2

Originally, the words four and forty obviously have the same root, but they were actually pronounced with distinct vowel sounds in many past dialects of English, and still are in some present ones. These two vowel sounds are those of FORCE and NORTH (to use John Wells's lexical sets). If you pronounce these words with the same vowel sound, it means you have ...


2

Both forms appear to be used in AmE and BrE as shown below. Manyfold is used as an adverb while manifold is an adjective and a noun: (ODO) Ngram manyfold, Ngram manifold Manifold: Old English monigfald (Anglian), manigfeald (West Saxon), "various, varied in appearance, complicated; numerous, abundant," from manig (see many) + -feald (see ...


2

My impression of form factor in the sense of "size, shape, and design of an electronic product" is that it is what Wilson Follett, Modern American Usage (1966) calls a "popularized technicality": popularized technicalities. ... In our time what is technical and professional is in high repute; what comes from the amateur is regarded as amateurish. ...


2

Taking the Mickey Tease or make fun of. It's a slang phrase, used primarily for jovial mockery, it's often light hearted. Source: Phrases.org.uk


2

I learned a simple trick a long, long time ago that still serves me to this day when dealing with prepositions, which admittedly, as a native speaker come naturally to me but I still found this useful. If you turn the sentence around to lead with the prepositional phrase, would it still make sense? Let's try it out... To the French phrase "broyer du ...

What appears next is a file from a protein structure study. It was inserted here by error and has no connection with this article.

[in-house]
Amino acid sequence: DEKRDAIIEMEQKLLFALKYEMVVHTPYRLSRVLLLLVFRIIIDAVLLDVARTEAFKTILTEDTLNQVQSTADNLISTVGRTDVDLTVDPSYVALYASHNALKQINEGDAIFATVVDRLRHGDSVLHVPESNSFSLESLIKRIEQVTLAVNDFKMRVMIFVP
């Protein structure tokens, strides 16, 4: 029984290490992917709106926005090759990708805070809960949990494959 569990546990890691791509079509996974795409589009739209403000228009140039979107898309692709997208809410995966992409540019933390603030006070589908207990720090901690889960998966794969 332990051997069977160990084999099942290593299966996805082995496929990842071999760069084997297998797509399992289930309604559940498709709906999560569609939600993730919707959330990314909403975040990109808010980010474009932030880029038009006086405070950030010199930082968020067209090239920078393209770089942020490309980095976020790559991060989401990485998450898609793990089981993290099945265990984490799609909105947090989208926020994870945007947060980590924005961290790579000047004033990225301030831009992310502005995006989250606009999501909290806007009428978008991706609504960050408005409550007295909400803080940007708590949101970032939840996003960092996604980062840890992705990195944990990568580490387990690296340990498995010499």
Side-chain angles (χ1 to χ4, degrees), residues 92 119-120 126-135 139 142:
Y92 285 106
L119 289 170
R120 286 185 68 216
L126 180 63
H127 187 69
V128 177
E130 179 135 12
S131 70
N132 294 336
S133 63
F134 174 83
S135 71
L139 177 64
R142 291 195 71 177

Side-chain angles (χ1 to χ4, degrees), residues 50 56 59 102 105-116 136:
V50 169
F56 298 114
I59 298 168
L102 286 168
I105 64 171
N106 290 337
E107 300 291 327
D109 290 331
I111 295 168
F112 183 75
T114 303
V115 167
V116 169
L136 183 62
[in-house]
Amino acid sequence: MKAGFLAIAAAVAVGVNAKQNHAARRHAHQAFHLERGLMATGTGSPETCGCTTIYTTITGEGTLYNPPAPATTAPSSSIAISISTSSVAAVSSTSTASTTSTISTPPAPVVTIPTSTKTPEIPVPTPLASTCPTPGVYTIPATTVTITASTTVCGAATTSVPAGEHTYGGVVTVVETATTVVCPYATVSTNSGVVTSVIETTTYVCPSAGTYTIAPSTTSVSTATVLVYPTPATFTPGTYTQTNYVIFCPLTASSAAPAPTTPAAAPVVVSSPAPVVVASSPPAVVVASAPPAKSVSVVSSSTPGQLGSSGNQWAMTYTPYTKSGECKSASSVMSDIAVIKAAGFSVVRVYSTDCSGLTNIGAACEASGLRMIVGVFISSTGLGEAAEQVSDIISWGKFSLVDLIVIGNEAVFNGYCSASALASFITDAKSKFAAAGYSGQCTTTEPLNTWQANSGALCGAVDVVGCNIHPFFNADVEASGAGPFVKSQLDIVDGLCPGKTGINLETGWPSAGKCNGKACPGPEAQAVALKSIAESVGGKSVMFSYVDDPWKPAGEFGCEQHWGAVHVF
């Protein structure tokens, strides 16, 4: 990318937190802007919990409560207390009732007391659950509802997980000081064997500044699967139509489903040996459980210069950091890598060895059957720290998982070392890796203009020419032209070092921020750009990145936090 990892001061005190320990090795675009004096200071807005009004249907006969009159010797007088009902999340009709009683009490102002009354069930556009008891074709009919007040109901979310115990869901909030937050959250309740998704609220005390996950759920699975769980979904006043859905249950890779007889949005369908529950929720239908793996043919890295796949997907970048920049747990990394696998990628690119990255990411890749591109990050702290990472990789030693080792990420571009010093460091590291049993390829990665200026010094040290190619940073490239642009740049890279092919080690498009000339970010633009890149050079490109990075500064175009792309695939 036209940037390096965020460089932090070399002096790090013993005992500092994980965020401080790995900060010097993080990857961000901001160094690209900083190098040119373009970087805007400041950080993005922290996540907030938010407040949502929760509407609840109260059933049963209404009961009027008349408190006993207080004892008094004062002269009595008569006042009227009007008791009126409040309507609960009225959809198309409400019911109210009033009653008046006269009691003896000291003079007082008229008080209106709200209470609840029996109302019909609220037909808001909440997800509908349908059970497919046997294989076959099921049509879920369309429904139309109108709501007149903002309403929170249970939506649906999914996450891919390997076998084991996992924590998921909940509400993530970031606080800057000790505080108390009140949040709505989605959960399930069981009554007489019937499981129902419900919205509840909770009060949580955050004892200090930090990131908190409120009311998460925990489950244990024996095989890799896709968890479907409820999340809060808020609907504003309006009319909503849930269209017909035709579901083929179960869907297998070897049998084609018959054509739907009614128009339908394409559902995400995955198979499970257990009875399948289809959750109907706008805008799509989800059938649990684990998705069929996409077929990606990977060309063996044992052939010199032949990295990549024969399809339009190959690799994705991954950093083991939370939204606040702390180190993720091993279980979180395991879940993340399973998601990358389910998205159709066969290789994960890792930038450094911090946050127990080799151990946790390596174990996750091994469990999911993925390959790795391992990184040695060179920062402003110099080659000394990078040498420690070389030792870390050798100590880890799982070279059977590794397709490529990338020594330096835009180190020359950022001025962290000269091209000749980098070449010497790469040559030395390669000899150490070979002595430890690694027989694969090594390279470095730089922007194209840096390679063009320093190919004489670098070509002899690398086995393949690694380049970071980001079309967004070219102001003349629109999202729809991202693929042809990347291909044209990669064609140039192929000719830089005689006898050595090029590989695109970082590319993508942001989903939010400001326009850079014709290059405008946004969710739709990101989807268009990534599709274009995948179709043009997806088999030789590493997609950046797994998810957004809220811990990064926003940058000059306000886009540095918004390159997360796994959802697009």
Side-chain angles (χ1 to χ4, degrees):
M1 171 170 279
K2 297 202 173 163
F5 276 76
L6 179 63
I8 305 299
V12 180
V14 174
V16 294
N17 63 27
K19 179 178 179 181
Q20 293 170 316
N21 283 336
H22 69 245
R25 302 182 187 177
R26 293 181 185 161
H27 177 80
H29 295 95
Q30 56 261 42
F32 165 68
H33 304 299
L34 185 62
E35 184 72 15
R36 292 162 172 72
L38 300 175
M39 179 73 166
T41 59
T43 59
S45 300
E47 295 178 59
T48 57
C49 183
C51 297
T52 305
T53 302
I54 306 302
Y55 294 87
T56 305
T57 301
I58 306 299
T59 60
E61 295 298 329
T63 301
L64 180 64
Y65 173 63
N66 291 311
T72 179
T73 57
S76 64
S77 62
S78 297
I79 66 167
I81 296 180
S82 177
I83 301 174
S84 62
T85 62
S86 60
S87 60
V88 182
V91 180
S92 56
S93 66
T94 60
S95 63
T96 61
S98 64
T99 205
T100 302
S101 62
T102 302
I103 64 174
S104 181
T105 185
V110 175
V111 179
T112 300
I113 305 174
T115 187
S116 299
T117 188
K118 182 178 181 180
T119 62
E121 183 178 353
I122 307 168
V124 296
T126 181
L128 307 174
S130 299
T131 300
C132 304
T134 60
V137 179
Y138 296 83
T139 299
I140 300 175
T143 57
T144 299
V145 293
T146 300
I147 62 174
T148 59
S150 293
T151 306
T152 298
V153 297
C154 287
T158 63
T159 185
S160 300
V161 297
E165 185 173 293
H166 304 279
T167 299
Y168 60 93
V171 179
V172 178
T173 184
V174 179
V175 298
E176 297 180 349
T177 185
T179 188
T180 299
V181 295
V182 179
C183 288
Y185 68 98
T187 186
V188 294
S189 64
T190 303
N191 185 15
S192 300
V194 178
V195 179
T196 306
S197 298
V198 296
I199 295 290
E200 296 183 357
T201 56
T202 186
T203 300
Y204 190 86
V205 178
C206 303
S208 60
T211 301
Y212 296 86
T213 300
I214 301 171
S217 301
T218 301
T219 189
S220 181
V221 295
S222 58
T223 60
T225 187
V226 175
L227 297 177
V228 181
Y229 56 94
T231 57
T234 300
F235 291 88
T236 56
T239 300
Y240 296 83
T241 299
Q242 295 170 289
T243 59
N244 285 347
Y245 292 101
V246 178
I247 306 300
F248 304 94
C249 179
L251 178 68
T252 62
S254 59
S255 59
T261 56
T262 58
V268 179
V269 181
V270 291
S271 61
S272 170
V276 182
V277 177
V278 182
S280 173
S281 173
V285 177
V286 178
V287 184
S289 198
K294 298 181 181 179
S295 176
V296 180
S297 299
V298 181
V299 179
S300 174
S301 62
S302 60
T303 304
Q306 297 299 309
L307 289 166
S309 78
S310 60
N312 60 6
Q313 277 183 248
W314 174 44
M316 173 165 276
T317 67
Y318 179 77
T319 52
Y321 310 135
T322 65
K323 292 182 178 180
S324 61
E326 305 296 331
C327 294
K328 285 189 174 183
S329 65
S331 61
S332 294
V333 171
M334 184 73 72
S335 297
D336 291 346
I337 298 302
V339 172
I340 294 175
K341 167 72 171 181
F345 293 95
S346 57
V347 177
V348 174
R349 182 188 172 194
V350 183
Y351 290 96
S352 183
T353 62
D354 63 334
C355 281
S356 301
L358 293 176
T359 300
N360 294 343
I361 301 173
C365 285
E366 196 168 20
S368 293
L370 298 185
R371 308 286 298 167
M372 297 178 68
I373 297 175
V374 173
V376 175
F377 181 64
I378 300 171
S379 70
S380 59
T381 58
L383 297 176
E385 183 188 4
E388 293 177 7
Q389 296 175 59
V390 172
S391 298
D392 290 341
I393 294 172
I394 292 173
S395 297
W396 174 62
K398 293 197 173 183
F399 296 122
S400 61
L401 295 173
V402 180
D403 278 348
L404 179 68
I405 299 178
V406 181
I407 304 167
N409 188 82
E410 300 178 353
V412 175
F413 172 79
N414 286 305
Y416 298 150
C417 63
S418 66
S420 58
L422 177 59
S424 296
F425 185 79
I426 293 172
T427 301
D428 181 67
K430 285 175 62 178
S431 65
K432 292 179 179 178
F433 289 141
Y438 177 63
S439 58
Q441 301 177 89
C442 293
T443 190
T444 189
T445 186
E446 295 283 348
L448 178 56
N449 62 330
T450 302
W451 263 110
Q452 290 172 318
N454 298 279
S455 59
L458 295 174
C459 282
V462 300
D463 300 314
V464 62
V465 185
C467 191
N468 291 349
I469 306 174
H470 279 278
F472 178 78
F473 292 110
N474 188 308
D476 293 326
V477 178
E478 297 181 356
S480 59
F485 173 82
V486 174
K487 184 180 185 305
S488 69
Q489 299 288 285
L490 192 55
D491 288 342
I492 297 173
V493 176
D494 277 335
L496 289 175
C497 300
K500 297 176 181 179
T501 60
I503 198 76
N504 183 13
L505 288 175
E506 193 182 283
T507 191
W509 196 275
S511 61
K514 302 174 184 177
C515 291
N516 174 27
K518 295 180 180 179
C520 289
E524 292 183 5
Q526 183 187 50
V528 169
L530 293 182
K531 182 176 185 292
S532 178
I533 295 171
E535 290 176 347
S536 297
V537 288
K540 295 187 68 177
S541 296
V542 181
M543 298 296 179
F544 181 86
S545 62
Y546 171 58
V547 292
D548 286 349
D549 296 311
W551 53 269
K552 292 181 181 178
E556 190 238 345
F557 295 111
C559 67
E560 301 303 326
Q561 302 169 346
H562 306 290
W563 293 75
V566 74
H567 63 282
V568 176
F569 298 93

1

CERFL, the Common European Framework of Reference for Languages, is a guideline for progress in the learning of languages. It specifies the level of mastery of language in 6 stages, A1, A2, B1, B2, C1, C2 from beginner to mastery. It doesn't specify expected vocabulary numbers for each stage but others have found them experimentally for different ...


1

J. A. Fleming (mentioned in JEL's answer) is likely the person who coined the term form factor for the study of electromotive force. Mr. Fleming writes in his article "The Form Factor of Alternating-Current Curves" for The Electrical Journal (1896): In the design of alternators ..., we have frequently to consider the relation between the true mean ...


1

You could just as productively ask "why Gaelic culture" and "why Gaelic Languages?" if you find that you don't have the same hesitations with that usage... then your hesitation really is your own political perceptions and not Linguistic. But let's look at the linguistic effects here though. You're right, it's not the Romans. The Romans delineated the ...


1

To, for, of or none of the above. None of the above (foregoing): Professionally trained translators don't talk about equivalents or equivalency. They talk about equivalent meanings or equivalency of meaning. Therefore, one would say it like this: Is there a British/American phrase that is equivalent in meaning to the French phrase "broyer du noir"? That ...


1

A milkshake is usually milk with artificial flavoring and lots of sugar. It it not a suitable drink for breakfast. In contrast, a smoothie is liquidised fruit. It is better for breakfast. So that is what you should say is being served.



Only top voted, non community-wiki answers of a minimum length are eligible